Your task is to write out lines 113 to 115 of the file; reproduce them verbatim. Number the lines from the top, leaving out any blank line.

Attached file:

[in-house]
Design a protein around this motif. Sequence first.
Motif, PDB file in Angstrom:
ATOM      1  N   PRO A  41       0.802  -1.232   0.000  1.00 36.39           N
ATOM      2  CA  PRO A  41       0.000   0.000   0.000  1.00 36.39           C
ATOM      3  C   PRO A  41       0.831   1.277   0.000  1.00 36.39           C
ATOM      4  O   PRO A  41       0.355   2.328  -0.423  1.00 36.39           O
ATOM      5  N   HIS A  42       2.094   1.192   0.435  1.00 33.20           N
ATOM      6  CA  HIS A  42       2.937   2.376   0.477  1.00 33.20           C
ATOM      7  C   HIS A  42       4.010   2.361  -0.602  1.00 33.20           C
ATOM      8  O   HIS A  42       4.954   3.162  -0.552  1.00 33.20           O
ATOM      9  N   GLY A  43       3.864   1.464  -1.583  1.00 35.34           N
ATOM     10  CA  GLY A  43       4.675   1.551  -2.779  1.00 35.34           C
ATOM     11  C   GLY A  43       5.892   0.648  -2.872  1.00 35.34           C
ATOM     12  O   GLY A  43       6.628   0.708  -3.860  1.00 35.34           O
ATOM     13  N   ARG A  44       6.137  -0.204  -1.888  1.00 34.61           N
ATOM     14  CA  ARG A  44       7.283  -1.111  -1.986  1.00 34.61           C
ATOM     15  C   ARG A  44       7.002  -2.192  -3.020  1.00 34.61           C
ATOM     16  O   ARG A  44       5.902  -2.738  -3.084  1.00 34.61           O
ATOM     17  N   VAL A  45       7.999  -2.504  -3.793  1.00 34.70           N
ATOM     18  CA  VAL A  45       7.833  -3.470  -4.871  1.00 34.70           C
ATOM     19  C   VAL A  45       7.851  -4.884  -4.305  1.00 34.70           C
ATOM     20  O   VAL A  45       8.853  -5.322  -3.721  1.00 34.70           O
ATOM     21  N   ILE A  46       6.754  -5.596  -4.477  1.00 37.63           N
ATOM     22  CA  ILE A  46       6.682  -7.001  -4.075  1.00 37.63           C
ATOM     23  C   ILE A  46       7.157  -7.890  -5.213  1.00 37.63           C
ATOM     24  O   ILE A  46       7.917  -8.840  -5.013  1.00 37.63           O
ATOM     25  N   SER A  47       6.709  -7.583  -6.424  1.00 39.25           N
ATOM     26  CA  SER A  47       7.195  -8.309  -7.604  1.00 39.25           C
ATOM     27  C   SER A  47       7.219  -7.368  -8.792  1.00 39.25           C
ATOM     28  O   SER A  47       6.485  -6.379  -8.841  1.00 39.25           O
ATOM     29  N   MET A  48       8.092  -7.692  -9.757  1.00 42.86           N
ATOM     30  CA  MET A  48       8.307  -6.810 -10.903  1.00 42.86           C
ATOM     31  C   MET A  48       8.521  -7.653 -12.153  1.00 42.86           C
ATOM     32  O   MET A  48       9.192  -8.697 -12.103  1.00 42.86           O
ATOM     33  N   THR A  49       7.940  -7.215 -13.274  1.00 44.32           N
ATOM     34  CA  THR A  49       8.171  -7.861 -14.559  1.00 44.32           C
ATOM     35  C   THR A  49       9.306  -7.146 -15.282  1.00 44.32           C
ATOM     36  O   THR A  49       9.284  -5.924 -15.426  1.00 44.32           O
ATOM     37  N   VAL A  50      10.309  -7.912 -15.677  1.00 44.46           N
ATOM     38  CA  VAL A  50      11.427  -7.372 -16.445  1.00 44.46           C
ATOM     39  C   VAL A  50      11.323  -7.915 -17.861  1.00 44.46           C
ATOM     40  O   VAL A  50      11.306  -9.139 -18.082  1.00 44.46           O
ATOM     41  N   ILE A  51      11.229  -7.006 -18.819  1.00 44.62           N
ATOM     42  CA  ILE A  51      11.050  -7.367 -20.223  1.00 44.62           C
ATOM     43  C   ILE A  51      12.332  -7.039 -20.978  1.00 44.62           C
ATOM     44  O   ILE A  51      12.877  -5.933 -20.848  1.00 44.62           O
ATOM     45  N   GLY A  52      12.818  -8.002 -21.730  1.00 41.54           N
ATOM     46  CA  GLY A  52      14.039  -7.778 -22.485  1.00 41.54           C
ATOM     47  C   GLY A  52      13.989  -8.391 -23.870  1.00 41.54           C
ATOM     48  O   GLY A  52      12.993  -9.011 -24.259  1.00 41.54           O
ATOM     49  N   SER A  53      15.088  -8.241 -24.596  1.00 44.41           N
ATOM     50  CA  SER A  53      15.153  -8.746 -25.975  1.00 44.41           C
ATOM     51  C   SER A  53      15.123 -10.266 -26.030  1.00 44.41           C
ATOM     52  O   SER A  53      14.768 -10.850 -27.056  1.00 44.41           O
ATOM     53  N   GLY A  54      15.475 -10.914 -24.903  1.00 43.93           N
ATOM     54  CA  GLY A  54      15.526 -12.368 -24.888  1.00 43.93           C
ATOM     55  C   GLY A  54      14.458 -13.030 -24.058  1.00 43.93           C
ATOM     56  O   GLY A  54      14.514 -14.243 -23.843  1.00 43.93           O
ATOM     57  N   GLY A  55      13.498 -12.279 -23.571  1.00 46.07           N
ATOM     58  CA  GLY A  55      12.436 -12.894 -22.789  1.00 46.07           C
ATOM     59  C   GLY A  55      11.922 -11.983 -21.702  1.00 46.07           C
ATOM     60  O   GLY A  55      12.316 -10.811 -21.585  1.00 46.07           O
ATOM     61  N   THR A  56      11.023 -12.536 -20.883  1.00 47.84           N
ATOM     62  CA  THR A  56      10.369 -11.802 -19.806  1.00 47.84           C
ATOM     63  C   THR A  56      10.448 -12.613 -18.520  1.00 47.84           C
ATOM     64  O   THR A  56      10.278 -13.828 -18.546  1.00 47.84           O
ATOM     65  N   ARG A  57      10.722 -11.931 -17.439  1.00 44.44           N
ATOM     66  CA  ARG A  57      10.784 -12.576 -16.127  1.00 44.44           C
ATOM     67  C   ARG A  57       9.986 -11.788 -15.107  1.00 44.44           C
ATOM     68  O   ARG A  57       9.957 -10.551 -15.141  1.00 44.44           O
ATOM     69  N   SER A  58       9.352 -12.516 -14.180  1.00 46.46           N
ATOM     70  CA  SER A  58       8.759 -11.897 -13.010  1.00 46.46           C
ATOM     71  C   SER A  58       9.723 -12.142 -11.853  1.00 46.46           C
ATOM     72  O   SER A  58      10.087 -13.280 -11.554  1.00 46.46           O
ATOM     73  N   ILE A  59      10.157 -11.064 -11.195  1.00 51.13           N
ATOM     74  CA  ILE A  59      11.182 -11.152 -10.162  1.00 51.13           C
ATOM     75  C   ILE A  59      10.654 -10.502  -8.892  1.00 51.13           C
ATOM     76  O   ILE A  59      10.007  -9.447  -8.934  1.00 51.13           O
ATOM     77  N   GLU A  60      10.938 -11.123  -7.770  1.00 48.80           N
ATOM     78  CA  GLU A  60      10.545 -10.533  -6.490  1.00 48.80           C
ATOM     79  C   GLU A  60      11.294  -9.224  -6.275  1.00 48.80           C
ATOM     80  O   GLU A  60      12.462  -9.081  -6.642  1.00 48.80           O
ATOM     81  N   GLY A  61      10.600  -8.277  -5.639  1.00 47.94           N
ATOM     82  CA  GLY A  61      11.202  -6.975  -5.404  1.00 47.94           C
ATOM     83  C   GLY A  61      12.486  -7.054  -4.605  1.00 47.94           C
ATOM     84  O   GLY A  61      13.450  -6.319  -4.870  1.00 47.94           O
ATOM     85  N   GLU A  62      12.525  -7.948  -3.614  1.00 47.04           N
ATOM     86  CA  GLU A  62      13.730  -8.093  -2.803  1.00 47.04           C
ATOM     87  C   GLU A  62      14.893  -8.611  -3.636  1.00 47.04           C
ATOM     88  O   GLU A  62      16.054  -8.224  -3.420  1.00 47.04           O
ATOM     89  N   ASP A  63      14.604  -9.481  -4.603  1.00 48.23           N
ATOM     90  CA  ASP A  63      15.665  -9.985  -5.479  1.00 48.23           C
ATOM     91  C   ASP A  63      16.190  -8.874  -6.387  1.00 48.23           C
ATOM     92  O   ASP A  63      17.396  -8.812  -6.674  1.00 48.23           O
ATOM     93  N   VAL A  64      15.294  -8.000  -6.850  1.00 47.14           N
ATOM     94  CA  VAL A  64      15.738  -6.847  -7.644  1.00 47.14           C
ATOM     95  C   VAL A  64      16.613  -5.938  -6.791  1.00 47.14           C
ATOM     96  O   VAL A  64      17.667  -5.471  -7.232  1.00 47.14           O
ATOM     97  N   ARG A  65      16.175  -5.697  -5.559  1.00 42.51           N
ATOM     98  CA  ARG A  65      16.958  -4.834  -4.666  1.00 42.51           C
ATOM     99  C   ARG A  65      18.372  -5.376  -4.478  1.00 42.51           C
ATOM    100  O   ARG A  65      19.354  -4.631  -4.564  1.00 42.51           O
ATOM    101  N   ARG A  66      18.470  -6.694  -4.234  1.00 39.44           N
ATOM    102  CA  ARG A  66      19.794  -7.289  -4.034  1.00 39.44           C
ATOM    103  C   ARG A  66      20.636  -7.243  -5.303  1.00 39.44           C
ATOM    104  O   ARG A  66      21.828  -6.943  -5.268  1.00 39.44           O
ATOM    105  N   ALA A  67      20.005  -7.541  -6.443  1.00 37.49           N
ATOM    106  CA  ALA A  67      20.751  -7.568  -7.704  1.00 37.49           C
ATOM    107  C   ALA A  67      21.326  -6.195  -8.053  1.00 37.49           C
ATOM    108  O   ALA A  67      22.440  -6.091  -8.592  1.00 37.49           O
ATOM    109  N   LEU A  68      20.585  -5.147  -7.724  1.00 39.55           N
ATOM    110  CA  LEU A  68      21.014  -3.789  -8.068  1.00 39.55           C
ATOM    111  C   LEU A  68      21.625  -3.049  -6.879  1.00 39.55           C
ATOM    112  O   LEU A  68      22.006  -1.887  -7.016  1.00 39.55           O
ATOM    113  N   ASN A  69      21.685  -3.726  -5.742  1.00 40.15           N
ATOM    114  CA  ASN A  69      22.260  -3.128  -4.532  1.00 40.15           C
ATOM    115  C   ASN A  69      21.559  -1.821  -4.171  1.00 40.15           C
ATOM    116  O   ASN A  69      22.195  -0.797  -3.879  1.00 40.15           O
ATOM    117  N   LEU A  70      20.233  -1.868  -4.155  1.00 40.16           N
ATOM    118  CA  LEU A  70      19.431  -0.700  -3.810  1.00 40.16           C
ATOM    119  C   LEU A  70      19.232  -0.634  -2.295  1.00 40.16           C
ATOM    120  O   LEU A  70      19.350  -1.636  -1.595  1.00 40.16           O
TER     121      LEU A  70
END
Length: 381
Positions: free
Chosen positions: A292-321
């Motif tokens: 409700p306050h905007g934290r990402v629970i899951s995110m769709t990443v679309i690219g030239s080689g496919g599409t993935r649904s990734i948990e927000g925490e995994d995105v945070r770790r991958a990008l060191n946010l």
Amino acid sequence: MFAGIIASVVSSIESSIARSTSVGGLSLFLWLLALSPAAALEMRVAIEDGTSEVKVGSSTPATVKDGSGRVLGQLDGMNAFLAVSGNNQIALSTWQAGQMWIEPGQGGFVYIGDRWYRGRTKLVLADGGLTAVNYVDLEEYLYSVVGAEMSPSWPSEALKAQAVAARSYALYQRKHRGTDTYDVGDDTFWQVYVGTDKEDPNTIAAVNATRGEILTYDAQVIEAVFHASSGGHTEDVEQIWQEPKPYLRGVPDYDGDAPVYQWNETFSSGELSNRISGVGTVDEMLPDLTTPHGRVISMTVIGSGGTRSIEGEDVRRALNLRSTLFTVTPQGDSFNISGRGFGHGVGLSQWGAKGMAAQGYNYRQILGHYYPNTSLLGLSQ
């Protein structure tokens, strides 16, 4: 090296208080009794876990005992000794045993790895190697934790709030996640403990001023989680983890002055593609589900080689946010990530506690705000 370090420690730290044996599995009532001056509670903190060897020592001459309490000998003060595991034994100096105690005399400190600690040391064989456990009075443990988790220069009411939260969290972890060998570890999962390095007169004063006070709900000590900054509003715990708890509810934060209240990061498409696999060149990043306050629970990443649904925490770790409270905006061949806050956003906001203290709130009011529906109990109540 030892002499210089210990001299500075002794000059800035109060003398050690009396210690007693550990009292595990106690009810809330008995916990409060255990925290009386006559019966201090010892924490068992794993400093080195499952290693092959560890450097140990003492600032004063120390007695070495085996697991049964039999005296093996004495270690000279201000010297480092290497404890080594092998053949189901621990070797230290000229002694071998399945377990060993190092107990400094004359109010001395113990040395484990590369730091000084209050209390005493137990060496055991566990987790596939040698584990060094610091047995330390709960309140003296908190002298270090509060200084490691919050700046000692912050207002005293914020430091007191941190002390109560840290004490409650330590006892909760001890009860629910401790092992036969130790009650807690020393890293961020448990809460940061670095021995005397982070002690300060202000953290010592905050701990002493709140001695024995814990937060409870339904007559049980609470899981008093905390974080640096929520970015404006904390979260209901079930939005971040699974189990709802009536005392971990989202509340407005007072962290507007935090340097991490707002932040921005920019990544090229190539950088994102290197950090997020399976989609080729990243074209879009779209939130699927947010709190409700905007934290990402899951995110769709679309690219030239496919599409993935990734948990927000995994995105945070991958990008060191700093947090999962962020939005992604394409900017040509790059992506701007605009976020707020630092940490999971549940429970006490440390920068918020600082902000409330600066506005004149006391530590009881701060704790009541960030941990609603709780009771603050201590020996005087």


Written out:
ATOM    110  CA  LEU A  68      21.014  -3.789  -8.068  1.00 39.55           C
ATOM    111  C   LEU A  68      21.625  -3.049  -6.879  1.00 39.55           C
ATOM    112  O   LEU A  68      22.006  -1.887  -7.016  1.00 39.55           O